Growing up, a memorable rite of passage was the receipt of my first knife. My father handed me a small chipboard box and stressed that I be very careful. Inside the box was a Buck ‘Prince’ - a locking single blade pocketknife made of stainless steel with riveted wooden handle scales. My hand can still recall the contours, edges and satisfying heft of the small tool.
Having opened this prize, my young mind was immediately set on whittling a little figurine from a piece of scrap wood. Predictably, within seconds, the knife jumped across the notch I was working on and found purchase in my thumb, prompting a second rite of passage: a superglued cut and the gentle reprimand of my father for not having heeded his warning. Reflecting on the experience I realize he wasn’t remotely upset because the outcome was all but guaranteed.
Years later, I now find myself an assistant professor teaching interior and furniture design. One course I lead is an advanced-level studio where my students each design and build their own piece of full-scale furniture. We focus on wood as our primary muse and go through a series of initial explorations to better understand the material and its physical properties - from milling rough lumber into S4S, researching then replicating different joinery types, and concluding with some small constructions to apply the knowledge.
Early in the process is a chiseling assignment, and I find myself assuming the role of my father years before: “Please, be very careful and never point the blade at yourself.” The next time the class meets there are always a few new bandages and if we’re lucky, no corndog-shaped masses of gauze.
Regardless of my warnings, I find that we each must individually come to know the resistance provided by various species, differing grain directions and the sharpness of our tools. Those first injuries, while painful and inconvenient, are often necessary to teach us to respect our tools and more intimately understand our materials.
Designing to a Material
One of the primary goals of the course is to instill the notion that as designers we must first better understand our materials to design responsibly. We need to consider structure and composition, strengths and weaknesses, modes of joining, stresses and movements.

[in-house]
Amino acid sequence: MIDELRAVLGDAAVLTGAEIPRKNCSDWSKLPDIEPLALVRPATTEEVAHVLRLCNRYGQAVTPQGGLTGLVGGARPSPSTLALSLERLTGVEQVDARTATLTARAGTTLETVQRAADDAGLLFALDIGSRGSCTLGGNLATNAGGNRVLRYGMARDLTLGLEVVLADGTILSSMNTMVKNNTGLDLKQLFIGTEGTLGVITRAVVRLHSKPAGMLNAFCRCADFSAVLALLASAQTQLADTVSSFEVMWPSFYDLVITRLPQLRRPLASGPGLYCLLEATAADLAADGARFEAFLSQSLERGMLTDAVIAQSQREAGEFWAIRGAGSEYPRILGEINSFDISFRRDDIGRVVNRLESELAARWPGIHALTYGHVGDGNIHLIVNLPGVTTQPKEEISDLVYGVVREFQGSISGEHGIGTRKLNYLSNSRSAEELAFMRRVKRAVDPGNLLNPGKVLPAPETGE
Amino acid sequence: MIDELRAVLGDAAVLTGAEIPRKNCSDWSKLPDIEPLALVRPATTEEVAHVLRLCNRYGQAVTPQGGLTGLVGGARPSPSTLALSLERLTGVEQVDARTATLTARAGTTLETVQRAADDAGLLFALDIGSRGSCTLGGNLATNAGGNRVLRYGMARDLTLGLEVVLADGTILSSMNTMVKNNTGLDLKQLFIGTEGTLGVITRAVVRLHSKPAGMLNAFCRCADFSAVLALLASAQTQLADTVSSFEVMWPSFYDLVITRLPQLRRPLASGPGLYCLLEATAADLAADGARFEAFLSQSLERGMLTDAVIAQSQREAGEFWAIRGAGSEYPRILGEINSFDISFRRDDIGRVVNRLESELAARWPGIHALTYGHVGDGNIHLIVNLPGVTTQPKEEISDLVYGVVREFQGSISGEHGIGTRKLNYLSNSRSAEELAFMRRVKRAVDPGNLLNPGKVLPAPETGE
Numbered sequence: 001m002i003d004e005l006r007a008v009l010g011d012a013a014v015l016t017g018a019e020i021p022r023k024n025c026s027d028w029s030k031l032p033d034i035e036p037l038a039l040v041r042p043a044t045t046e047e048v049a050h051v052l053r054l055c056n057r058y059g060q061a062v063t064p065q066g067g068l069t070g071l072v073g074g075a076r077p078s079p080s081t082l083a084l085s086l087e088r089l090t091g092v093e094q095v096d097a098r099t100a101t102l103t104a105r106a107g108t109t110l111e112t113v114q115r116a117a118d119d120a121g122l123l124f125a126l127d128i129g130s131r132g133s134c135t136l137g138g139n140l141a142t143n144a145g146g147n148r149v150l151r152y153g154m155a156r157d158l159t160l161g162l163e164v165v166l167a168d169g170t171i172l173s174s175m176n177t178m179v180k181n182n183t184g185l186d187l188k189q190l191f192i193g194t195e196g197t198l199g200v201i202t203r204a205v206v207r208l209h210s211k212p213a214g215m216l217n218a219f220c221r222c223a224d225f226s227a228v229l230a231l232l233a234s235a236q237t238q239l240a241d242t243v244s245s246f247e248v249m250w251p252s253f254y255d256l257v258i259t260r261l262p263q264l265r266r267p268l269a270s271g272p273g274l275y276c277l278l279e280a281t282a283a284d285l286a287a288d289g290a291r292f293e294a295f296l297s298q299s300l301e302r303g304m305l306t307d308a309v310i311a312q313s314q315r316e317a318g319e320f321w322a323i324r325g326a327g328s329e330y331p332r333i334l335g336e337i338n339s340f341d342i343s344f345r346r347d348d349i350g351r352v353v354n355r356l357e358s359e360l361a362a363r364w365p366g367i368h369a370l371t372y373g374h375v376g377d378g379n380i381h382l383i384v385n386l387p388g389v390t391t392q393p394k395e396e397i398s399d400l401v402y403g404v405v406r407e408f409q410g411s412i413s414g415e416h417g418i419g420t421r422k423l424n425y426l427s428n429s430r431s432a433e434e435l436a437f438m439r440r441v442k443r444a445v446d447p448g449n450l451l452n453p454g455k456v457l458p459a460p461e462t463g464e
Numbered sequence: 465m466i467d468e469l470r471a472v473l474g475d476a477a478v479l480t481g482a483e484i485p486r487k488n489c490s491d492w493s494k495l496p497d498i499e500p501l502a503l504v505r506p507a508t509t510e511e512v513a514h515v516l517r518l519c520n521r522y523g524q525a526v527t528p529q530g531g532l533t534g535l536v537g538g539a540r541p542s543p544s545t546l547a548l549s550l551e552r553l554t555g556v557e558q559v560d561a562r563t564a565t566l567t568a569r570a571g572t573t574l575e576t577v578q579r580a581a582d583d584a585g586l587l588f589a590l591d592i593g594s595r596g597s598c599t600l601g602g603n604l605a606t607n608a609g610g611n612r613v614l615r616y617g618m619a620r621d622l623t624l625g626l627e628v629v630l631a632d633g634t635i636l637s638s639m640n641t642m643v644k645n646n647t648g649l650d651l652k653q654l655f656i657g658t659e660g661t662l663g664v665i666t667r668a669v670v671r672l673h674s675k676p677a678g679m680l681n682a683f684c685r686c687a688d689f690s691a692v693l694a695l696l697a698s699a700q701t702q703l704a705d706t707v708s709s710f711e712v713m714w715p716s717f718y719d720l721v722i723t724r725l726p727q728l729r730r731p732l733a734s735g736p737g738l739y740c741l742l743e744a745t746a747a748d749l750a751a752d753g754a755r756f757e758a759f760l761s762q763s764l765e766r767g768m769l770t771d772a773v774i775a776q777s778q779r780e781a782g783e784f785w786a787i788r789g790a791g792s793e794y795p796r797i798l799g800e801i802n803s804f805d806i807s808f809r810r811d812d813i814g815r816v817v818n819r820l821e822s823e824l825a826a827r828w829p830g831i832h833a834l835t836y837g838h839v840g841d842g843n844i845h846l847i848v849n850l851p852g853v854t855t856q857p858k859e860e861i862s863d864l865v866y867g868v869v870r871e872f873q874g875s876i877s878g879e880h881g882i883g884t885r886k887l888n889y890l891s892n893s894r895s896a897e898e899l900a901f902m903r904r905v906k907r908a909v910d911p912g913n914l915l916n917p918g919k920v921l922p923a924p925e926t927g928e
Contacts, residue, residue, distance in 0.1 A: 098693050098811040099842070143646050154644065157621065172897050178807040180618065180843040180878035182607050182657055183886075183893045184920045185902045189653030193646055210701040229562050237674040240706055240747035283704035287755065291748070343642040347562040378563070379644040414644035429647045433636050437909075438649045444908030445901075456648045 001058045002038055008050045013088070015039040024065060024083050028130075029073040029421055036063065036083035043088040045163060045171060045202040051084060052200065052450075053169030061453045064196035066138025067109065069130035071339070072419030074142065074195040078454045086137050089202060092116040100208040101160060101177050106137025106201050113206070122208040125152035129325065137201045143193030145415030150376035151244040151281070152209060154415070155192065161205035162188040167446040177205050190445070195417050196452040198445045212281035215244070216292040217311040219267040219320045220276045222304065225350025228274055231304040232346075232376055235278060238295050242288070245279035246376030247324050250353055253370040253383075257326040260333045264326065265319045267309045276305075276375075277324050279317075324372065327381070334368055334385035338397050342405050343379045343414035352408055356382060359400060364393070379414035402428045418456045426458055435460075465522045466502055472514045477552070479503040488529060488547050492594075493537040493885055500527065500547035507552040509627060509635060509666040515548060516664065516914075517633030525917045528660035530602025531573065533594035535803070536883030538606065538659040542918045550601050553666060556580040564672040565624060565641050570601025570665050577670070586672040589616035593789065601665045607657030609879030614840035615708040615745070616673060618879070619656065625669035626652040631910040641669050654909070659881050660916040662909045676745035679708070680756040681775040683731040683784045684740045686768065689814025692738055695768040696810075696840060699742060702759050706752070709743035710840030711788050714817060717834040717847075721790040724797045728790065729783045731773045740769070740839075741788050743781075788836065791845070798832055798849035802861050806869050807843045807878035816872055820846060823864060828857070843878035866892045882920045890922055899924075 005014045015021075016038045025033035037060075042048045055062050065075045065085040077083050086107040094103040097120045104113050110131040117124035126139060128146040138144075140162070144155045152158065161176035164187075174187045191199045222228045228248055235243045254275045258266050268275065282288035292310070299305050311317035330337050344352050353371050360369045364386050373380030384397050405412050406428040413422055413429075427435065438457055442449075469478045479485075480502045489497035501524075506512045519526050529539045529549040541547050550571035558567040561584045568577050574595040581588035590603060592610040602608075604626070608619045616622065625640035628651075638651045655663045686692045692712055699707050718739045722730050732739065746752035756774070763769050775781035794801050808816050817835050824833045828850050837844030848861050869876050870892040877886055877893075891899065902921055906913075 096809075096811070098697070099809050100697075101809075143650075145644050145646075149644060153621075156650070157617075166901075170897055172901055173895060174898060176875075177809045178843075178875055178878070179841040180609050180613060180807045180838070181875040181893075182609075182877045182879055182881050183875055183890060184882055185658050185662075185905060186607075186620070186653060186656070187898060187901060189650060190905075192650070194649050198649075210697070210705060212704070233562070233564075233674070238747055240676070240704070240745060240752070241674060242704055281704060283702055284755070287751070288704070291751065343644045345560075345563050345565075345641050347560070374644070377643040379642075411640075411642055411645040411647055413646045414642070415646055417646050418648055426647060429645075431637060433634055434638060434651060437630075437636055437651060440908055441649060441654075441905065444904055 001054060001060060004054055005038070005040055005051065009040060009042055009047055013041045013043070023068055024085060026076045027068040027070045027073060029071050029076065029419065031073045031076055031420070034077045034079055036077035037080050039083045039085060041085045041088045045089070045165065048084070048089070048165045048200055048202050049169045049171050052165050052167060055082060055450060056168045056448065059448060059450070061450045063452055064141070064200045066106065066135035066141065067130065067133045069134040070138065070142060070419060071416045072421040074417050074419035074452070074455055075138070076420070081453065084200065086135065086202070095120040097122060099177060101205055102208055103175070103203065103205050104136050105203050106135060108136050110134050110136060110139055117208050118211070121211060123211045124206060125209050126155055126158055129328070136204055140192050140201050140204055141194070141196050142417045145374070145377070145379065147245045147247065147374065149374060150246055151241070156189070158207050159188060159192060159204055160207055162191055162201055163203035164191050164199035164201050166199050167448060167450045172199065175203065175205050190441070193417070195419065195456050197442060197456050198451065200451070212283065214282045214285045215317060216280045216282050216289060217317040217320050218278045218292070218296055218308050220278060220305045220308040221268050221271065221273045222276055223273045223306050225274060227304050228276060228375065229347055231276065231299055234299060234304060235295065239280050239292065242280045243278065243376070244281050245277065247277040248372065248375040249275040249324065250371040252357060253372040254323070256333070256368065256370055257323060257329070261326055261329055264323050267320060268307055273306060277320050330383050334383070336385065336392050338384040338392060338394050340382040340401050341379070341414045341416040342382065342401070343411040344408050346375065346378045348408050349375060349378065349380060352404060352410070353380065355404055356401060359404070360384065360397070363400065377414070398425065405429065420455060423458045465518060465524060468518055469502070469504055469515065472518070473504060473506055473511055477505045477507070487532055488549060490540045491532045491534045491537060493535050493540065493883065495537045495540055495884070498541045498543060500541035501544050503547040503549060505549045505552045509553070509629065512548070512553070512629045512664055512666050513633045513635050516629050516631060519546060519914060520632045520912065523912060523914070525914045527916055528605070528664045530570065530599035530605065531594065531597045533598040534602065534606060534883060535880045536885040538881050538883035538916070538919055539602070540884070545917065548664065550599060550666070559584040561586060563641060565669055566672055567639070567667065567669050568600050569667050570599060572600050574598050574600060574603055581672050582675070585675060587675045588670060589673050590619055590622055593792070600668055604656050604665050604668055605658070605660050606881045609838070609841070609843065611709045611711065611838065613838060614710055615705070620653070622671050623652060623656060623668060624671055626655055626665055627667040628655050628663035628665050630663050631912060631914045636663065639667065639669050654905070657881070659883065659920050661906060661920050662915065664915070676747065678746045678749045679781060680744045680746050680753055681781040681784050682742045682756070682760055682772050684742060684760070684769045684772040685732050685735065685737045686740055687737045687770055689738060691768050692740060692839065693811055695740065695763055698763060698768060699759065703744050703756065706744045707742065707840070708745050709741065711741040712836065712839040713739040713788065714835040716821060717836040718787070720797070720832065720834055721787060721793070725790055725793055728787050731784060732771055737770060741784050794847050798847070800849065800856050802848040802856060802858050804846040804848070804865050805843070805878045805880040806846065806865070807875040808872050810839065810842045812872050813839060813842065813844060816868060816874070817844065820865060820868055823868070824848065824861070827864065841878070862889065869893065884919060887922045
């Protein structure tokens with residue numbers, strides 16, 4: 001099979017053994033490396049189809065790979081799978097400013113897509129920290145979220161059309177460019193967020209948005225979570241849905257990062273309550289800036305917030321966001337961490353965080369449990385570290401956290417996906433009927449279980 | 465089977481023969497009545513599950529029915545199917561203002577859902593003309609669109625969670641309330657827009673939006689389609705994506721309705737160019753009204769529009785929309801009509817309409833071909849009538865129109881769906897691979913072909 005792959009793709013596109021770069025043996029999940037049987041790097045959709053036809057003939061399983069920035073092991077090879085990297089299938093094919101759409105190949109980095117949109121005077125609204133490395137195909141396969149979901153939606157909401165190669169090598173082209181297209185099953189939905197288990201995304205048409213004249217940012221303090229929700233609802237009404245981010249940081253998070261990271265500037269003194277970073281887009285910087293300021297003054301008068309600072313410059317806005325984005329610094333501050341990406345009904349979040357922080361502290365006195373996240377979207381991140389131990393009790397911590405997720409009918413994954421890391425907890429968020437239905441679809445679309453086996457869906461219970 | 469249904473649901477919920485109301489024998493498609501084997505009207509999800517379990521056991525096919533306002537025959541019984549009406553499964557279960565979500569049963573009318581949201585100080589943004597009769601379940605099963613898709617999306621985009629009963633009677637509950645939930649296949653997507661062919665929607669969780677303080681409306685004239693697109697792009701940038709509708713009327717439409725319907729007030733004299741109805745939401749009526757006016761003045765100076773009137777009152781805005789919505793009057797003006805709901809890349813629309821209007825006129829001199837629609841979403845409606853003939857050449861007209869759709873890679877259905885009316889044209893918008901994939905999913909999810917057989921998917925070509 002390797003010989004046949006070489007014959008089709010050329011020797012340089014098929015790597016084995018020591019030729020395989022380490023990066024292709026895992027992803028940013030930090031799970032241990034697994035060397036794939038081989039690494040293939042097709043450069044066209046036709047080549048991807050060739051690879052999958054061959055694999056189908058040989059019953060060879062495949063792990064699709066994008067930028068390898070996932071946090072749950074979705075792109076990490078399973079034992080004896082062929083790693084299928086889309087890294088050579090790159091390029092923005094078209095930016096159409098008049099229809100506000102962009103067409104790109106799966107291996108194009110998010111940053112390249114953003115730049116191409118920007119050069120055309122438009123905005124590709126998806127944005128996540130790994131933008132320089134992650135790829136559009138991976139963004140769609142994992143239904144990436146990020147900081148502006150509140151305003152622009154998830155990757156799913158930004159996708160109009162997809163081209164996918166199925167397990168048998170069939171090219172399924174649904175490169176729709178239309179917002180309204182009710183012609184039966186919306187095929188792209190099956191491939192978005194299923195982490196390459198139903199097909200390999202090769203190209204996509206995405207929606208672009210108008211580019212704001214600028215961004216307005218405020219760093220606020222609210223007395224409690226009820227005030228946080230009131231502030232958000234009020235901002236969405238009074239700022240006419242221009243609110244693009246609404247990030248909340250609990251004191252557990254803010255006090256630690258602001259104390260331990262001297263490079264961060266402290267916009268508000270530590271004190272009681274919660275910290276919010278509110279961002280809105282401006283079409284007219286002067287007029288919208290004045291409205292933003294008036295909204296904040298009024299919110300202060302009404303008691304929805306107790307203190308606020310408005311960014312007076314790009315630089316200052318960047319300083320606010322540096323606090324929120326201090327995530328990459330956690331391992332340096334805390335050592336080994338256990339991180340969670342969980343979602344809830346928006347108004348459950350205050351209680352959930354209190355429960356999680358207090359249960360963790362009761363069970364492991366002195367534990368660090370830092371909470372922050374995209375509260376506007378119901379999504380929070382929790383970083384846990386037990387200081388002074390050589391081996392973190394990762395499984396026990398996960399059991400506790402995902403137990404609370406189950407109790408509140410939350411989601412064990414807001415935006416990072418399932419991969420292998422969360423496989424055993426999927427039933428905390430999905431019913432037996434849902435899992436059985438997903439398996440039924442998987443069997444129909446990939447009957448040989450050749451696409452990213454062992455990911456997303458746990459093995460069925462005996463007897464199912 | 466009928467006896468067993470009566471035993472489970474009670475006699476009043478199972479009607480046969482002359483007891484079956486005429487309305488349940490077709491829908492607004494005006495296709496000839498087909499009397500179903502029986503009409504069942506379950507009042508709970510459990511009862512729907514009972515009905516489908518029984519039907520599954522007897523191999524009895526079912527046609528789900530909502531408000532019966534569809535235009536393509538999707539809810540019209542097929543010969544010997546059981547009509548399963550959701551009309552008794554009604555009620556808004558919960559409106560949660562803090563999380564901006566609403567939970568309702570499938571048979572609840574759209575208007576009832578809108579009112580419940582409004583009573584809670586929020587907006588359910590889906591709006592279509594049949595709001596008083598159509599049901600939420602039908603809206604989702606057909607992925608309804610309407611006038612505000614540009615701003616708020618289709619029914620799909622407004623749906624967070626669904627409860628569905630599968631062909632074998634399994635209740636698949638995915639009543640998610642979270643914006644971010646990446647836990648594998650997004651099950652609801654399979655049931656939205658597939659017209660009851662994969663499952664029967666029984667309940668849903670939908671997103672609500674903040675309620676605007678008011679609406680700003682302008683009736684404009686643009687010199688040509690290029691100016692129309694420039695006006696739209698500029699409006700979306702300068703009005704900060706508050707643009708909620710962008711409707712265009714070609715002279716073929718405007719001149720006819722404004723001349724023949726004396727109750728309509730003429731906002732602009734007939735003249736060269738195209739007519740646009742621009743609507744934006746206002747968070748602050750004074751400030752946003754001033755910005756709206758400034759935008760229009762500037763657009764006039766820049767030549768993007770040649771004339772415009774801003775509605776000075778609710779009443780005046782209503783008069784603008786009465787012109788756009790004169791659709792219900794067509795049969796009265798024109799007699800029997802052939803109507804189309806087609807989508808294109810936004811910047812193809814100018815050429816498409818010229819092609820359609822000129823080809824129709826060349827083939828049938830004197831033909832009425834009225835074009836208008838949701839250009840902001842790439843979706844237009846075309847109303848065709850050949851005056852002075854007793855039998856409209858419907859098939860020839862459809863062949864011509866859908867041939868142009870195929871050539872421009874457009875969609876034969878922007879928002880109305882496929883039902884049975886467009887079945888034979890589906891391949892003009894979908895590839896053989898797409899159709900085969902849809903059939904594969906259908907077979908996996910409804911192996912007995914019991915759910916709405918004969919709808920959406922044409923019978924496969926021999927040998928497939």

In my own work I explore the integration of computer numerical control processes with traditional modes of making. While our machines are highly capable in the realm of precision, they lack the material empathy that a craftsperson brings to his or her work. A router following a programmed series of motions has no concern for knots, pockets, changing grains or varying densities.
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Our digital workflows and software make it easy to lazily ascribe qualities of homogeneity. In reality the individual raw material components can’t, or at least shouldn’t, be treated uniformly.
The Wisdom of Our Hands
White Oak Glass Top Cabinet By Cory Olsen ►
As students and designers, it’s crucial to maintain this physical connection to our material and designs. We should all work with our hands on a regular basis, both to preserve our dexterity but also to remain grounded in our physical world. We must seek conversations with our materials, and be sure that we remember to listen.
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Cory Olsen is visiting assistant professor of Interior Design at the University of Arkansas at Fayetteville, Fay Jones School of Architecture + Design. Olsen will move to the University of Oregon in fall 2019 as a tenure track assistant professor of Interior Architecture.